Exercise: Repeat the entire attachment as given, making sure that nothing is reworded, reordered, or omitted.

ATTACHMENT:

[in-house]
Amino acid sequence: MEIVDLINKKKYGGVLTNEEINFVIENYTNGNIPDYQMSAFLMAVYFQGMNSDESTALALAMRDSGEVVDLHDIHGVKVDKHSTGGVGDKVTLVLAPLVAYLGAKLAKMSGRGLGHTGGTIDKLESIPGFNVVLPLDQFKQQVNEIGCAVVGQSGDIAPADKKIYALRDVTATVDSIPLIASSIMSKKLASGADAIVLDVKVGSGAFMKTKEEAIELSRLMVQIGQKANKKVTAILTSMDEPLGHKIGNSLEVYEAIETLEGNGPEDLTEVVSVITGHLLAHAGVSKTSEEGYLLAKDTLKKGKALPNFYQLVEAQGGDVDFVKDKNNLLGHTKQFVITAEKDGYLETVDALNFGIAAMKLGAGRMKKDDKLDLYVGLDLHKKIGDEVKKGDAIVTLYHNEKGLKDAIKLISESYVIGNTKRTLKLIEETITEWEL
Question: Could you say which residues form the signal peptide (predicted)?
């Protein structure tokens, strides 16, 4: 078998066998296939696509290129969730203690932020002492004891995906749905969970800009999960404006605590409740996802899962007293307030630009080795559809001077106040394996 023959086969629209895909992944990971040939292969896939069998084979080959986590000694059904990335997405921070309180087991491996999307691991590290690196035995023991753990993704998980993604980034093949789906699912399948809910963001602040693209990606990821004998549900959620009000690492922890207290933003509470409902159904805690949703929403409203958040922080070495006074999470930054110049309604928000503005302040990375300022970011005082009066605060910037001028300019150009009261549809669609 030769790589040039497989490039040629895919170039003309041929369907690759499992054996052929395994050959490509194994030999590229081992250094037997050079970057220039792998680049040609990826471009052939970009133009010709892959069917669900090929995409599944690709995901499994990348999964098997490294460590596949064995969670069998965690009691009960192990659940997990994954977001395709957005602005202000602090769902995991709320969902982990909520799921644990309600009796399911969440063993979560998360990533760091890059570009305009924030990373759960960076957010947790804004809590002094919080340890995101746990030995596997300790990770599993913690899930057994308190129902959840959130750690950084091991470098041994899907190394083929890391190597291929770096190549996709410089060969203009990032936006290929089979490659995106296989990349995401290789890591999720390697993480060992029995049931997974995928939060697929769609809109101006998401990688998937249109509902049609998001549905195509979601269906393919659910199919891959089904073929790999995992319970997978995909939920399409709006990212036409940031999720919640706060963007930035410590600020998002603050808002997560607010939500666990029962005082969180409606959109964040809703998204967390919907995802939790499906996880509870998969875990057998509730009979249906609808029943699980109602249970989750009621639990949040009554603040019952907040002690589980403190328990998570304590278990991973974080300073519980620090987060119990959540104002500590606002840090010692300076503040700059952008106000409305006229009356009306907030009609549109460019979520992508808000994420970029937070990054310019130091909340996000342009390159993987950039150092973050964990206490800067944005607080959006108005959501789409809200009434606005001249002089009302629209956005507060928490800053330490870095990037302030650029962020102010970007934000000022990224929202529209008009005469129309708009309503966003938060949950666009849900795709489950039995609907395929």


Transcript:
[in-house]
Amino acid sequence: MEIVDLINKKKYGGVLTNEEINFVIENYTNGNIPDYQMSAFLMAVYFQGMNSDESTALALAMRDSGEVVDLHDIHGVKVDKHSTGGVGDKVTLVLAPLVAYLGAKLAKMSGRGLGHTGGTIDKLESIPGFNVVLPLDQFKQQVNEIGCAVVGQSGDIAPADKKIYALRDVTATVDSIPLIASSIMSKKLASGADAIVLDVKVGSGAFMKTKEEAIELSRLMVQIGQKANKKVTAILTSMDEPLGHKIGNSLEVYEAIETLEGNGPEDLTEVVSVITGHLLAHAGVSKTSEEGYLLAKDTLKKGKALPNFYQLVEAQGGDVDFVKDKNNLLGHTKQFVITAEKDGYLETVDALNFGIAAMKLGAGRMKKDDKLDLYVGLDLHKKIGDEVKKGDAIVTLYHNEKGLKDAIKLISESYVIGNTKRTLKLIEETITEWEL
Question: Could you say which residues form the signal peptide (predicted)?
């Protein structure tokens, strides 16, 4: 078998066998296939696509290129969730203690932020002492004891995906749905969970800009999960404006605590409740996802899962007293307030630009080795559809001077106040394996 023959086969629209895909992944990971040939292969896939069998084979080959986590000694059904990335997405921070309180087991491996999307691991590290690196035995023991753990993704998980993604980034093949789906699912399948809910963001602040693209990606990821004998549900959620009000690492922890207290933003509470409902159904805690949703929403409203958040922080070495006074999470930054110049309604928000503005302040990375300022970011005082009066605060910037001028300019150009009261549809669609 030769790589040039497989490039040629895919170039003309041929369907690759499992054996052929395994050959490509194994030999590229081992250094037997050079970057220039792998680049040609990826471009052939970009133009010709892959069917669900090929995409599944690709995901499994990348999964098997490294460590596949064995969670069998965690009691009960192990659940997990994954977001395709957005602005202000602090769902995991709320969902982990909520799921644990309600009796399911969440063993979560998360990533760091890059570009305009924030990373759960960076957010947790804004809590002094919080340890995101746990030995596997300790990770599993913690899930057994308190129902959840959130750690950084091991470098041994899907190394083929890391190597291929770096190549996709410089060969203009990032936006290929089979490659995106296989990349995401290789890591999720390697993480060992029995049931997974995928939060697929769609809109101006998401990688998937249109509902049609998001549905195509979601269906393919659910199919891959089904073929790999995992319970997978995909939920399409709006990212036409940031999720919640706060963007930035410590600020998002603050808002997560607010939500666990029962005082969180409606959109964040809703998204967390919907995802939790499906996880509870998969875990057998509730009979249906609808029943699980109602249970989750009621639990949040009554603040019952907040002690589980403190328990998570304590278990991973974080300073519980620090987060119990959540104002500590606002840090010692300076503040700059952008106000409305006229009356009306907030009609549109460019979520992508808000994420970029937070990054310019130091909340996000342009390159993987950039150092973050964990206490800067944005607080959006108005959501789409809200009434606005001249002089009302629209956005507060928490800053330490870095990037302030650029962020102010970007934000000022990224929202529209008009005469129309708009309503966003938060949950666009849900795709489950039995609907395929």